At an East Carbon City council meeting three weeks ago, a presentation about water rates included some disparaging comments about Sunnyside, equating them to being teenagers being well-taken care of. On Tuesday night, the Sunnyside City Council wanted to clear the air and set the record straight.
The council requested that Jay Mashburn, a rural development specialist with the Rural Community Assistance Corporation, be present to make a presentation on Sunnyside's water rates. But the council also asked Mashburn to attend the meeting to express their displeasure with comments directed towards Sunnyside at an East Carbon City Council meeting held on April 26.
At the previous meeting in East Carbon, Mashburn gave a presentation about the water rates and base rates that East Carbon City currently charges residents for water use. In the presentation, Mashburn noted that East Carbon's water rates were significantly lower than other cities in the area, including Sunnyside, and was one of the lowest rates in the state. He compared East Carbon's rate with Sunnyside and found that residents in Sunnyside were paying almost twice as much as their counterparts in East Carbon.
When discussing the relationship the two cities have when dealing with water related issues, Mashburn said that the disparity between the two cities water rates was one of the contributing factors that has the system running much lower than it should be, instead of breaking even. Mashburn used a comparison which upset Sunnyside council members.
"Sunnyside is like the teenager living at home with the parents for free," Mashburn said during an East Carbon City council meeting on April 26.
Sunnyside City Mayor Doug Parsons said the council's biggest concern was being named teenagers getting a free ride with East Carbon City. Parsons and other council members noted that the two cities work together in many different areas not just pertaining to water and its treatment costs. Councilman Froy Garcia provided one example explaining that Sunnyside provides ambulance service to East Carbon. He said the city has to work around some issues including not always receiving a full 100 percent return for their expenditures for providing the service.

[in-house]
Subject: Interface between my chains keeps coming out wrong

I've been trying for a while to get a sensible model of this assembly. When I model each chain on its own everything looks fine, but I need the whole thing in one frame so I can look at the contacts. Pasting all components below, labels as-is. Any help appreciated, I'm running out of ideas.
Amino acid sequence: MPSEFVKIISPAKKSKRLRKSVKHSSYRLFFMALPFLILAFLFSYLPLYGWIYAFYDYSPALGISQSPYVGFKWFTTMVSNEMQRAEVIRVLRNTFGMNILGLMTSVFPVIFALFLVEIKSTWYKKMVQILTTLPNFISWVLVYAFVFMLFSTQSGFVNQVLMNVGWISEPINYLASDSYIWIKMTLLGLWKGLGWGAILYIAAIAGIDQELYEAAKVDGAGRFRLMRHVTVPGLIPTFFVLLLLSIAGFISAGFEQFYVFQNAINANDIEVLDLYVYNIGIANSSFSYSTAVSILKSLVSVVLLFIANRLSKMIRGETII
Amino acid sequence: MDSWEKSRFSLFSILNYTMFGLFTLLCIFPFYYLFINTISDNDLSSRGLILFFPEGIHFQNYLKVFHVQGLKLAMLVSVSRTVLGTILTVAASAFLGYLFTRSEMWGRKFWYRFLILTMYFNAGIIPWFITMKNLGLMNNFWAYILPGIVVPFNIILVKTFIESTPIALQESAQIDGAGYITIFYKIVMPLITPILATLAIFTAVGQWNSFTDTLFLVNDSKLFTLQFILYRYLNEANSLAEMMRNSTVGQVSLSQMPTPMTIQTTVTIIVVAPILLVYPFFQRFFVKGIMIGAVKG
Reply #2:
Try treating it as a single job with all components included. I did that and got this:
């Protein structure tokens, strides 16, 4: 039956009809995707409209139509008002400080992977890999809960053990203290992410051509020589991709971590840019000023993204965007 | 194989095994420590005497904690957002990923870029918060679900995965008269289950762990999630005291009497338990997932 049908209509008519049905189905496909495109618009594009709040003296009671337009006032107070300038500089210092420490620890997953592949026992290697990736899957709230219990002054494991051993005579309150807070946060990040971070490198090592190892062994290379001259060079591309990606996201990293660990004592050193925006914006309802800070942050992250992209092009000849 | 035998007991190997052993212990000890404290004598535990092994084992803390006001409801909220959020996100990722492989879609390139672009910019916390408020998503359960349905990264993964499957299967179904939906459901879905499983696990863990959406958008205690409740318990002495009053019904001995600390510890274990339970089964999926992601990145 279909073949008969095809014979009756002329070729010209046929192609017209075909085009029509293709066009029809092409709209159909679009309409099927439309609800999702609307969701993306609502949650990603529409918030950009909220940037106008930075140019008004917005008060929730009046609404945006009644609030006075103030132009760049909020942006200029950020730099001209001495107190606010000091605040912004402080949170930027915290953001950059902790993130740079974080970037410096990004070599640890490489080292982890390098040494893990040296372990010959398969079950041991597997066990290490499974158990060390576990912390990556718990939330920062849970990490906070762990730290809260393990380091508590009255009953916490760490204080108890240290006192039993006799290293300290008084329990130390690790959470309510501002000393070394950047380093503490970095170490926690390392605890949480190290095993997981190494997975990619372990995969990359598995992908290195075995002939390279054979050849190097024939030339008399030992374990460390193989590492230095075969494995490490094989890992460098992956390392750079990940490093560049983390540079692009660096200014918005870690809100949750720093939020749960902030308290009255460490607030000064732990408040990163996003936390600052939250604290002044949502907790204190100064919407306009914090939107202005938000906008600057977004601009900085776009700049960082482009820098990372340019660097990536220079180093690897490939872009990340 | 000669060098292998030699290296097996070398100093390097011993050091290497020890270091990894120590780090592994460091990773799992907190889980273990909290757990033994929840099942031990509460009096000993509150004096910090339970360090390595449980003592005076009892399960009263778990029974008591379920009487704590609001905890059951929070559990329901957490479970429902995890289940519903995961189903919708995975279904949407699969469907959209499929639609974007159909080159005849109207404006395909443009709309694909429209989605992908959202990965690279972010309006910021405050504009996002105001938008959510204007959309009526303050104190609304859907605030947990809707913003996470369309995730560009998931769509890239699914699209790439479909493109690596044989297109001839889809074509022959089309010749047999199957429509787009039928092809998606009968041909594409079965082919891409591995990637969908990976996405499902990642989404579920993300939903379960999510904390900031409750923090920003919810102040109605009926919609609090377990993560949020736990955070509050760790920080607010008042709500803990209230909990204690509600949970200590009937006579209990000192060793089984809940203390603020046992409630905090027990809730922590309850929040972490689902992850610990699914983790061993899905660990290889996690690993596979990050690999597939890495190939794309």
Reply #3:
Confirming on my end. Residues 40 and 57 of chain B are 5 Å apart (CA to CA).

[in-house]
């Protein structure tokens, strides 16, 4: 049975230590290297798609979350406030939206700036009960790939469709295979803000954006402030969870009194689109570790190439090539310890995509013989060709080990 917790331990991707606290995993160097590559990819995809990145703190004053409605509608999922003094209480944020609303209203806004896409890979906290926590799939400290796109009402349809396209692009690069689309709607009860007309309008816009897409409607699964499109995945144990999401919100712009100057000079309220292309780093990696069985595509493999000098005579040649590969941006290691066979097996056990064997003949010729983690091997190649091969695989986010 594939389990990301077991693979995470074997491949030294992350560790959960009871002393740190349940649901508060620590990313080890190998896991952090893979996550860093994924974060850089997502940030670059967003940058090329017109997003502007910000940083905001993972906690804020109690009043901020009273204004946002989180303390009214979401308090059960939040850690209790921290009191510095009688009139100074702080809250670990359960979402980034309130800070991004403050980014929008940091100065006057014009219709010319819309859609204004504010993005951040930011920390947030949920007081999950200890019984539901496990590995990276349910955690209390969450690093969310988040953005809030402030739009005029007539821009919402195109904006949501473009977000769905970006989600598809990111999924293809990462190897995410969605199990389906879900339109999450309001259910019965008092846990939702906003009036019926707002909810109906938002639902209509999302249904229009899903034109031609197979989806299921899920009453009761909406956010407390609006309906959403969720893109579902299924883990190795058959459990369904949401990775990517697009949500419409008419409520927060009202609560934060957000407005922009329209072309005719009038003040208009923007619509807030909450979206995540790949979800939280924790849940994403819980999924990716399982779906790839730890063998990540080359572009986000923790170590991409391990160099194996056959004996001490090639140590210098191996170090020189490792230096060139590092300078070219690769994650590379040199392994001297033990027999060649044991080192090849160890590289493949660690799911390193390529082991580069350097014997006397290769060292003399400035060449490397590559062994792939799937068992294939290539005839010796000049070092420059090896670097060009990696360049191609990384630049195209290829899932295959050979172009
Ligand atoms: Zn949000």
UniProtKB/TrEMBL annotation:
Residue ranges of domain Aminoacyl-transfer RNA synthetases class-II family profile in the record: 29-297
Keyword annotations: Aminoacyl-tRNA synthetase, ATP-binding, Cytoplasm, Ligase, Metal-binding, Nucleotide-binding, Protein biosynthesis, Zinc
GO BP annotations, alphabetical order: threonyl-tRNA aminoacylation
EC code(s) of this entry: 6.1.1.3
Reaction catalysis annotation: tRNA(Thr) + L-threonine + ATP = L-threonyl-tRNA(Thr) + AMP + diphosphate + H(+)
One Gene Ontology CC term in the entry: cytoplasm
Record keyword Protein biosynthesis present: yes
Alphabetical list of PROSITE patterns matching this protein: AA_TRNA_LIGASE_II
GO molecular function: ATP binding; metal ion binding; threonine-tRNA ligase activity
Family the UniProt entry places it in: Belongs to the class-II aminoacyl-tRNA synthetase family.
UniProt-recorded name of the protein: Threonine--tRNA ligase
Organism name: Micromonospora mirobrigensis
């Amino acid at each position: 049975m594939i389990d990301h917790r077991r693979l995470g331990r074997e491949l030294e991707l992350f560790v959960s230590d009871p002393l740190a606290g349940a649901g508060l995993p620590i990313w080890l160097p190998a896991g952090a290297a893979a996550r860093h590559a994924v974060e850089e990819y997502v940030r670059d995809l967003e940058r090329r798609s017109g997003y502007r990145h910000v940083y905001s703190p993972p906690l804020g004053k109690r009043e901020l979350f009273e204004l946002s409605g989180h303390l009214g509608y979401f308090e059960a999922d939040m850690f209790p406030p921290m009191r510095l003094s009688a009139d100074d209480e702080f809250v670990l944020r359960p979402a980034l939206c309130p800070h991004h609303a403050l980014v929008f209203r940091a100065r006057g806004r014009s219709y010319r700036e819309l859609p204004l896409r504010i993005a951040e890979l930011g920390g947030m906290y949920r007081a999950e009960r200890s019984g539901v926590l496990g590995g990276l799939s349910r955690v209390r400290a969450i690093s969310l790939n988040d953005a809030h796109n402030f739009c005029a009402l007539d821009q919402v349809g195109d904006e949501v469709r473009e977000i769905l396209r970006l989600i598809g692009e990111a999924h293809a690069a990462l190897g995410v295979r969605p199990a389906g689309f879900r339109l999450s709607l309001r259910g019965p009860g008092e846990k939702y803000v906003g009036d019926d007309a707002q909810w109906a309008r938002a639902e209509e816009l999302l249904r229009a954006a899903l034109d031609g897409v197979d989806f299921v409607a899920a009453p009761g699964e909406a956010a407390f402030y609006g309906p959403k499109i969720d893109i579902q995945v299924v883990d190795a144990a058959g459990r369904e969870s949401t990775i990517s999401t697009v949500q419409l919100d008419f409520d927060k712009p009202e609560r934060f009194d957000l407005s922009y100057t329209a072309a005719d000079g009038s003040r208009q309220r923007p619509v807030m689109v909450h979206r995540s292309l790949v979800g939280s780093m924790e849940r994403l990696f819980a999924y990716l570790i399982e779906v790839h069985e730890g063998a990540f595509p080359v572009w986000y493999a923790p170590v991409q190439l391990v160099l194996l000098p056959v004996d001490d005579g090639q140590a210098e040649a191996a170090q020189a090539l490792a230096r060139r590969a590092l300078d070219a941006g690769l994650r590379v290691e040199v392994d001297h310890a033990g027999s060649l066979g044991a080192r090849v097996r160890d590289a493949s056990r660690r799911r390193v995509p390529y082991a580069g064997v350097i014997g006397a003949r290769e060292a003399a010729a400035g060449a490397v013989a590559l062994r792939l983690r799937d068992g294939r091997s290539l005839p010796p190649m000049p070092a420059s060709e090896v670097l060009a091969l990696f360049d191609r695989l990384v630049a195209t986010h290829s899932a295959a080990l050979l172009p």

Mashburn apologized to the council for his comments saying he made a poor choice of words and didn't mean to portray the city in a bad light.
Despite the uproar over the comments made, council members and residents listened as Mashburn explained the water rate situation in both Sunnyside and East Carbon. While the council does not expect water rates to be raised any time soon, many listened to Mashburn's suggestions that cities should plan ahead looking at costs and be proactive in making decisions with the water system. Some of the suggestions included building up funds in areas such as emergency reserves, capital replacement and operational reserves.
Water rates equity is measured by the State of Utah Division of Drinking Water as a function of the Median Adjusted Gross Income (MAGI) per household. The reason for the median being used for incomes is so that there is not a dramatic difference that sways the average rate with people who have little to no income compared to people who may be millionaires. The latest statistics provided by the state in 2009 show that East Carbon's MAGI was $26,320 while Sunnyside was listed at $34,789.
In determining water rates another form of calculating the amount residents should be paying for water is the maximum affordable water bill. The Utah Division of Drinking Water evaluates projects for funding and in the process they find the maximum affordability by calculating the local MAGI by 1.75 percent for the year.
The maximum affordable water bill for residents per month in East Carbon is $38.38 ($26,320 x .0175 = 460.6 / 12 = $38.38) compared to Sunnyside at $50.73 ($34,789 x .0175 = 608.8 / 12 = $50.73).
Some residents in the audience expressed concern that any possible rate increases would adversely affect residents in the community who are on fixed incomes. While an increase could be possible in the future, Parsons said residents should not worry about any increase within the immediate future.